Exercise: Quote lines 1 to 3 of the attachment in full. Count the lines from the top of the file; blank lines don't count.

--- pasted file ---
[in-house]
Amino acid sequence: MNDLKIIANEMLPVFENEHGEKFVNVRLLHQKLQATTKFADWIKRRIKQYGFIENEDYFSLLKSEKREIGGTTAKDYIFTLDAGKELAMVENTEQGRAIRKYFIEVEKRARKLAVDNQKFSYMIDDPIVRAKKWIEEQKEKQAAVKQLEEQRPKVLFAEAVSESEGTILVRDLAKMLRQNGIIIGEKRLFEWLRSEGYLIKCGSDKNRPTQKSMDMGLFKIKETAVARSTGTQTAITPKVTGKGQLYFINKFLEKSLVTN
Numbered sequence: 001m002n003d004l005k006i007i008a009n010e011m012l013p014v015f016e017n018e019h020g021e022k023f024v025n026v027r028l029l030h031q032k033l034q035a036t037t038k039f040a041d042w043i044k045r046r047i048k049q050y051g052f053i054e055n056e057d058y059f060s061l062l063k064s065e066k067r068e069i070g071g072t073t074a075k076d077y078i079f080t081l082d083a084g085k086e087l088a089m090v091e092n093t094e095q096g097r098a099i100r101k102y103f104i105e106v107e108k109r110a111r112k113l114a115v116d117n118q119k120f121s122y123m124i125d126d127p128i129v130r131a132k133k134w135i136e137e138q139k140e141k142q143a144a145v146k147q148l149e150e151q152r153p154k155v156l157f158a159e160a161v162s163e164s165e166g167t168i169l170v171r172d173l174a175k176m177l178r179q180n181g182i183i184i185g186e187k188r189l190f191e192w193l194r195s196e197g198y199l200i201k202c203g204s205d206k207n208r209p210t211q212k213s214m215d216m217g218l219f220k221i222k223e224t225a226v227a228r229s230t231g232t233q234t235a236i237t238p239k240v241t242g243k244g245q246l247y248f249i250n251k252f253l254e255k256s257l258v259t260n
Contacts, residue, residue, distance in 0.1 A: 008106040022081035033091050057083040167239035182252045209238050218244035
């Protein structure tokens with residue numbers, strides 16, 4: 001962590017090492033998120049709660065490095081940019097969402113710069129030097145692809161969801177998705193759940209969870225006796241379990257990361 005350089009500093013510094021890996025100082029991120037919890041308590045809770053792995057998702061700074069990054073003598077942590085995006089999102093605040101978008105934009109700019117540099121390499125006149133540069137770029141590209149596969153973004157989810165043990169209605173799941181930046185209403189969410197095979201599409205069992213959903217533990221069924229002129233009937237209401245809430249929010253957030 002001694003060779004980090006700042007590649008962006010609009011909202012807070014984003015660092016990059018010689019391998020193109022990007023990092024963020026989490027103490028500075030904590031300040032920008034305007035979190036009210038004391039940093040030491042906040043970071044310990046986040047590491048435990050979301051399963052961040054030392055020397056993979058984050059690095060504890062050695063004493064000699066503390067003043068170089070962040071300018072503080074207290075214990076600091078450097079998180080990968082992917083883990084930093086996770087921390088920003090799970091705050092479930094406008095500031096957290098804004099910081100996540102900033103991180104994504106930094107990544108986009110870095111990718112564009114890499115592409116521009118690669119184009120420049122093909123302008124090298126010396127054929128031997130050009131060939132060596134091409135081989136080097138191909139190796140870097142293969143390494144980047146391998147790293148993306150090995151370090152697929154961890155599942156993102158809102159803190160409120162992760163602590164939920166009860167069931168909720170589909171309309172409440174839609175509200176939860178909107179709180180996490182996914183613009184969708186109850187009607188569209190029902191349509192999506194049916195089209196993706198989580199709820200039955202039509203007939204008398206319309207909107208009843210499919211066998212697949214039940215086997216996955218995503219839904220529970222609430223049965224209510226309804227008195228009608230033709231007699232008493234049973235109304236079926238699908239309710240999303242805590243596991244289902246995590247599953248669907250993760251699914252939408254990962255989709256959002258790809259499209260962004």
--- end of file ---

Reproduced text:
[in-house]
Amino acid sequence: MNDLKIIANEMLPVFENEHGEKFVNVRLLHQKLQATTKFADWIKRRIKQYGFIENEDYFSLLKSEKREIGGTTAKDYIFTLDAGKELAMVENTEQGRAIRKYFIEVEKRARKLAVDNQKFSYMIDDPIVRAKKWIEEQKEKQAAVKQLEEQRPKVLFAEAVSESEGTILVRDLAKMLRQNGIIIGEKRLFEWLRSEGYLIKCGSDKNRPTQKSMDMGLFKIKETAVARSTGTQTAITPKVTGKGQLYFINKFLEKSLVTN
Numbered sequence: 001m002n003d004l005k006i007i008a009n010e011m012l013p014v015f016e017n018e019h020g021e022k023f024v025n026v027r028l029l030h031q032k033l034q035a036t037t038k039f040a041d042w043i044k045r046r047i048k049q050y051g052f053i054e055n056e057d058y059f060s061l062l063k064s065e066k067r068e069i070g071g072t073t074a075k076d077y078i079f080t081l082d083a084g085k086e087l088a089m090v091e092n093t094e095q096g097r098a099i100r101k102y103f104i105e106v107e108k109r110a111r112k113l114a115v116d117n118q119k120f121s122y123m124i125d126d127p128i129v130r131a132k133k134w135i136e137e138q139k140e141k142q143a144a145v146k147q148l149e150e151q152r153p154k155v156l157f158a159e160a161v162s163e164s165e166g167t168i169l170v171r172d173l174a175k176m177l178r179q180n181g182i183i184i185g186e187k188r189l190f191e192w193l194r195s196e197g198y199l200i201k202c203g204s205d206k207n208r209p210t211q212k213s214m215d216m217g218l219f220k221i222k223e224t225a226v227a228r229s230t231g232t233q234t235a236i237t238p239k240v241t242g243k244g245q246l247y248f249i250n251k252f253l254e255k256s257l258v259t260n